Yvonne de Gaulle, Charles de Gaulle's wife
"My wife, without whom nothing could have been achieved," wrote the general in the copy of volume I of his Mémoires d’Espoir which he presented to his wife.
Yvonne Vendroux, daughter of a Calais manufacturer, married Captain de Gaulle on 7 April 1921, and bore him three children: Philippe, born 28 December 1921 ; Élisabeth, born 15 May 1924 and Anne, born 1 January 1928, and whose severe Down's syndrome was to be diagnosed several months later. From that day on, Madame de Gaulle was never apart from her handicapped daughter, whatever the circumstances.
A model wife and mother, Yvonne de Gaulle followed her husband wherever his career took him, from Paris to Trier (1927-1928), by way of Lebanon (1929-1931) and Metz (1937-1939). With the outbreak of the Second World War, she stepped with him into the tide of history: on 17 June 1940, accompanied by her three children, she sailed for London on the last ship out of Brest harbour. The ship she was to have boarded but missed was sunk by the enemy between Brittany and England. For several hours there was great concern in London about the loss of this vessel, all the way up to Churchill's own entourage. Installed in London, Yvonne de Gaulle experienced the Blitz and all the problems it posed. In June 1943 she travelled to Algiers to rejoin her husband, now head of the Free French Forces, leaving her son Philippe to fight on in Britain and later to play his part in the Normandy landings.
After the glory of the Liberation, Madame de Gaulle, sustained by her unshakeable faith, patiently accompanied her husband to Marly and then into the internal exile of the years in the desert (1946 to 1958) in Colombey, at their La Boisserie house. Here the couple rediscovered the joys of family life with the marriage first of their daughter Elisabeth to Major Alain de Boissieu, and then of their son Philippe to Henriette de Montalembert; here, too, they suffered inconsolable loss with the death of Anne on 6 February 1948.
Tried and tested in adversity, Yvonne de Gaulle remained vigilant in the moment of victory. When her husband was recalled to power in June 1958, she moved into the Hôtel Matignon with him. She continued to perform her role of the welcoming, discreet mistress of the household to perfection, even if she missed the peace and quiet of La Boisserie. On becoming France's "first lady" in December 1958, she maintained her natural simplicity by avoiding journalists and confining herself strictly to her official duties: she accompanied her husband on his state visits, devoted herself to unpublicised charity work and ensured that the mass of correspondence she received was faithfully answered. In the apartments of the Elysée Palace, however little she appreciated the setting, she supervised the preparation of the lunches and dinners given for her husband's close colleagues, members of government, members of the family and the heads of newly-independent former colonies.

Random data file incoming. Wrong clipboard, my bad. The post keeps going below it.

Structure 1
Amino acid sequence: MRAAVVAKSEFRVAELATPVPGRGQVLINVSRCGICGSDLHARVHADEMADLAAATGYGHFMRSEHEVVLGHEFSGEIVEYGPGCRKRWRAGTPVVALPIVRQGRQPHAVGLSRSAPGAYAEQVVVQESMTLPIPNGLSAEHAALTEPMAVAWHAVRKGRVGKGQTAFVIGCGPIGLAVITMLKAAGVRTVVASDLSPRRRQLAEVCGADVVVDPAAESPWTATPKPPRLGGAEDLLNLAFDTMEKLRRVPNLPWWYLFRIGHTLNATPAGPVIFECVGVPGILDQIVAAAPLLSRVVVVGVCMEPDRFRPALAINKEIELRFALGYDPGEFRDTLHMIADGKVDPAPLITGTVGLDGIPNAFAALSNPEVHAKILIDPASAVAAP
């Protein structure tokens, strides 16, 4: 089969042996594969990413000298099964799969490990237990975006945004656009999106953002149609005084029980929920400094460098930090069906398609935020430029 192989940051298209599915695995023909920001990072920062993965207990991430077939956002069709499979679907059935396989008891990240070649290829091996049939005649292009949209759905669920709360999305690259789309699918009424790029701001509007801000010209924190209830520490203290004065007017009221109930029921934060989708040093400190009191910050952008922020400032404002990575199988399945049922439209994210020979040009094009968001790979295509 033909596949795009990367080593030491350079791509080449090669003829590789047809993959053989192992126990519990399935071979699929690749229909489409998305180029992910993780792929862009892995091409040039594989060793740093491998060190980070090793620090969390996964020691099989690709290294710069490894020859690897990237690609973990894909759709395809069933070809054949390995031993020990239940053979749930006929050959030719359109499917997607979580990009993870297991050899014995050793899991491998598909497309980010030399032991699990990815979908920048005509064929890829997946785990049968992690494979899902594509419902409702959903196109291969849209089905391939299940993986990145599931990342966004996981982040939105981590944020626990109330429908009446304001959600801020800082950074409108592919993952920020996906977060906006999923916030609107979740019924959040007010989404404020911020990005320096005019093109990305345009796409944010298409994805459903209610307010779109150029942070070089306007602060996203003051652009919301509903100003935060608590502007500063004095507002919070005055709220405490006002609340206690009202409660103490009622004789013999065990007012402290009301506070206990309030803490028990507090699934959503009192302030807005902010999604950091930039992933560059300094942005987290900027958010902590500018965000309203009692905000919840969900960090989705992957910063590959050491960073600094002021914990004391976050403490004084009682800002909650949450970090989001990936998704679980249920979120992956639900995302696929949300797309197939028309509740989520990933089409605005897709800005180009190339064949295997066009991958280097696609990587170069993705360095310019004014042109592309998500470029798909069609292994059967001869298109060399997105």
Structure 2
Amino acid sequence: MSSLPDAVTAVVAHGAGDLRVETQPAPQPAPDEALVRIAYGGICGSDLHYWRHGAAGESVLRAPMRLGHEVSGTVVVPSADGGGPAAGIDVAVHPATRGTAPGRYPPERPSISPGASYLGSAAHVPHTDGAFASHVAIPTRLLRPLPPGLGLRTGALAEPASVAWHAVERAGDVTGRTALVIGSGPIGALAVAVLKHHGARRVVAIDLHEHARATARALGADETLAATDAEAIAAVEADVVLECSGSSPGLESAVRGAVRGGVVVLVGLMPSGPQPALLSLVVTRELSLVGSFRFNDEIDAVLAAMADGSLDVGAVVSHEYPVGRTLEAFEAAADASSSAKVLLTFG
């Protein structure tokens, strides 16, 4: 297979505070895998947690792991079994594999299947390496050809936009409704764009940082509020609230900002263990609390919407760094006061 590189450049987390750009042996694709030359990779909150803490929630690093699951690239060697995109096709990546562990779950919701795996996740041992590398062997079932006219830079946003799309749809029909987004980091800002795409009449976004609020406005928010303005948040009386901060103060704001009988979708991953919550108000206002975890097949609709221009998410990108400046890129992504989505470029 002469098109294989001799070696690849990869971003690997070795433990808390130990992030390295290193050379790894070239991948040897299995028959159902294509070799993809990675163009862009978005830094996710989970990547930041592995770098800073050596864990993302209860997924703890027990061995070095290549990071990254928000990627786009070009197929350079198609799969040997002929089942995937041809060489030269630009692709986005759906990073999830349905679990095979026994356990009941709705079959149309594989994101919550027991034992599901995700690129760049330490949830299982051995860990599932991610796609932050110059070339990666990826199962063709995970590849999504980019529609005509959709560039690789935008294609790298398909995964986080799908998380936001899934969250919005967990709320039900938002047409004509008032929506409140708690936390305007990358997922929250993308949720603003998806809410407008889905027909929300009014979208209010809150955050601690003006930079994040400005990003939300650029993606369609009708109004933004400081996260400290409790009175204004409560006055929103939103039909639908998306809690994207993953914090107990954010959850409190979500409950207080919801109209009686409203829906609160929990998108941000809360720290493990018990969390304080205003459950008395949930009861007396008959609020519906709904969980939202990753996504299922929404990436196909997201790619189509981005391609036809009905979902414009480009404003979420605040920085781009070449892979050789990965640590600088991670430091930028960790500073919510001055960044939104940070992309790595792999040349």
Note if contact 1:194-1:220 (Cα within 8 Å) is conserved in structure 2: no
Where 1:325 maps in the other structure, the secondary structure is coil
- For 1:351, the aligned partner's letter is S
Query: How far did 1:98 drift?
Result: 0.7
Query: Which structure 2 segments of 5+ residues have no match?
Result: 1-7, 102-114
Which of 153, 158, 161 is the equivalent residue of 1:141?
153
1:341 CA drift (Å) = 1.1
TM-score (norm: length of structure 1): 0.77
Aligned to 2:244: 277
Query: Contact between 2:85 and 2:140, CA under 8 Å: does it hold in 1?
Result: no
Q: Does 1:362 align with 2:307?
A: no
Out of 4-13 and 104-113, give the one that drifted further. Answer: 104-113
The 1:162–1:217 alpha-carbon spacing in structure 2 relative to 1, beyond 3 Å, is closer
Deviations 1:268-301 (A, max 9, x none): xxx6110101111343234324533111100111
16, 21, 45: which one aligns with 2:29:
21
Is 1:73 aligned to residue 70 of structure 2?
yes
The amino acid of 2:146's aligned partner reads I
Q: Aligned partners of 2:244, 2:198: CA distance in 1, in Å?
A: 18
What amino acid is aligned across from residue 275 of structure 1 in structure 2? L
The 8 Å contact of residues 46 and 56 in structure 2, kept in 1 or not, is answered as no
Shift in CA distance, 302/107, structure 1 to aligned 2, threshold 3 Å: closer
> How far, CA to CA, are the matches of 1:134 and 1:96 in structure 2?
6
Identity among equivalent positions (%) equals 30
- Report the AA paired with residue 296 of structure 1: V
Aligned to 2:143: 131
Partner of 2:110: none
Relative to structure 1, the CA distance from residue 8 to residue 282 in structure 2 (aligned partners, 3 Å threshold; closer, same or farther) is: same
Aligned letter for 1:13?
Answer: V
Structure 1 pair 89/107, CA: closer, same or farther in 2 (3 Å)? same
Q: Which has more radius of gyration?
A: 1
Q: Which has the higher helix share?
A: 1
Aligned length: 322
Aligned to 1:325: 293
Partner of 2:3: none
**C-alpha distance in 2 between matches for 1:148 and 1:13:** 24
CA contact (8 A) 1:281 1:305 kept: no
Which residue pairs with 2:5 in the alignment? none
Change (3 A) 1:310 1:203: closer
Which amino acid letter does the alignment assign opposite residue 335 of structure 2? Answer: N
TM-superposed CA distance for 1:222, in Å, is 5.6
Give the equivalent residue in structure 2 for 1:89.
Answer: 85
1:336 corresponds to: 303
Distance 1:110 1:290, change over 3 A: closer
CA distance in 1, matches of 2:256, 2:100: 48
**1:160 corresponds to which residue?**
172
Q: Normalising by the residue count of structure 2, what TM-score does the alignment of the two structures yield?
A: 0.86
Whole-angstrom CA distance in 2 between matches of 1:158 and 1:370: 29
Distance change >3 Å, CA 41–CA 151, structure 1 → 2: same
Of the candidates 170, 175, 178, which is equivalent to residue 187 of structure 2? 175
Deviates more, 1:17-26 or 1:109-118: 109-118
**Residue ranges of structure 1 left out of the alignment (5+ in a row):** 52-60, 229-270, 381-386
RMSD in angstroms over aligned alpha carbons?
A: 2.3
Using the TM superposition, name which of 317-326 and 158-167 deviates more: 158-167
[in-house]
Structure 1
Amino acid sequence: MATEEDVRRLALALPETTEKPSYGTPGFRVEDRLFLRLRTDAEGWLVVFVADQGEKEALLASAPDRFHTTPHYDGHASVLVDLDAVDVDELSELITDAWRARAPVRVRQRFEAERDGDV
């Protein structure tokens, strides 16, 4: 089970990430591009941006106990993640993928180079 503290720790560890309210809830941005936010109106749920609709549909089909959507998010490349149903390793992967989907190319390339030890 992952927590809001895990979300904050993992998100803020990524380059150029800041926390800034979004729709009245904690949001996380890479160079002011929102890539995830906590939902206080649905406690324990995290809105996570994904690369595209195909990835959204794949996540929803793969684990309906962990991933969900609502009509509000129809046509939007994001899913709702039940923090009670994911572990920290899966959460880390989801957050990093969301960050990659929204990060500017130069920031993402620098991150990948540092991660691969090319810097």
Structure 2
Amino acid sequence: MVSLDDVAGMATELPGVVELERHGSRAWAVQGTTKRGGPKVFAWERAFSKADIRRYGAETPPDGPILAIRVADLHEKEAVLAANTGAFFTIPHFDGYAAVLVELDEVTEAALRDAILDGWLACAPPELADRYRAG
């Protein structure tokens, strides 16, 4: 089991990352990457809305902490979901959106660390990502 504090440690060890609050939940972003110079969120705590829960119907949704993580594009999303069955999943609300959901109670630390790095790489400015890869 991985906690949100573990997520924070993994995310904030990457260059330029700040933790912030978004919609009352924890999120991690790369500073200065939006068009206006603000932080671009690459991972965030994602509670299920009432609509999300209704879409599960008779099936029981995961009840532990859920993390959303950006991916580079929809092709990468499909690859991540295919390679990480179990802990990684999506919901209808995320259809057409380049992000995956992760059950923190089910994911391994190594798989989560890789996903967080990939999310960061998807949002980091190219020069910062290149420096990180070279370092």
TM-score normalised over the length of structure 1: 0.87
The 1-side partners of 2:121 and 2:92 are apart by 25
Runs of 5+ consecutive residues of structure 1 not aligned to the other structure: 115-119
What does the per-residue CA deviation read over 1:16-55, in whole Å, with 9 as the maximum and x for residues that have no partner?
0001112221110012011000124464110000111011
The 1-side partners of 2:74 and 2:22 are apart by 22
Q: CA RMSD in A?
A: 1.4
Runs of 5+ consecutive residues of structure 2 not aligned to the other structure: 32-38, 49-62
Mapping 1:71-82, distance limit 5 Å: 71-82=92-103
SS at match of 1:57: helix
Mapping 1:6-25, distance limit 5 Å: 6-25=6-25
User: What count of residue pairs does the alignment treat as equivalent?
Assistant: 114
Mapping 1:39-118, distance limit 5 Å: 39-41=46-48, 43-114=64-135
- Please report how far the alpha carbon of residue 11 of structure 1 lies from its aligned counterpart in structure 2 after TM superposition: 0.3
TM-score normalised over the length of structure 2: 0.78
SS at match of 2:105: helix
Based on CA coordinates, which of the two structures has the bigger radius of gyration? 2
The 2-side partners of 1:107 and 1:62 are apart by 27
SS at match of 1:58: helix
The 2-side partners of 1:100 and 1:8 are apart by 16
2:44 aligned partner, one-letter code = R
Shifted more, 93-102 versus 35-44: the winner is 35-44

A woman undaunted by difficult moments, Yvonne de Gaulle was at her husband's side at the time of the assassination attempt at Petit Clamart. Unhurt by the fusillade of machine gun fire, she won praise from her husband for her coolness. The burdens of power – an endless series of official visits to the provinces and abroad, conversations with ambassador's wives – wearied her; she would have preferred her husband to take a well-deserved rest and not stand in the Presidential elections of 1965. She nonetheless supported him to the full in the trials of his second seven-year term, confident that her husband would give up the Presidency at the age of 80 "to give everyone a surprise".
Some time after the death of her husband, this self-effacing yet fervent Catholic withdrew to a religious institution. She died at Val-de-Grâce on 8 November 1979, on the eve of the 9th anniversary of the death of the man she had loved and aided in his work for the nation, aided far more than the French might believe, for she possessed powers of observation and judgement and a capacity for listening. Nothing that affected her family and France was a matter of indifference to her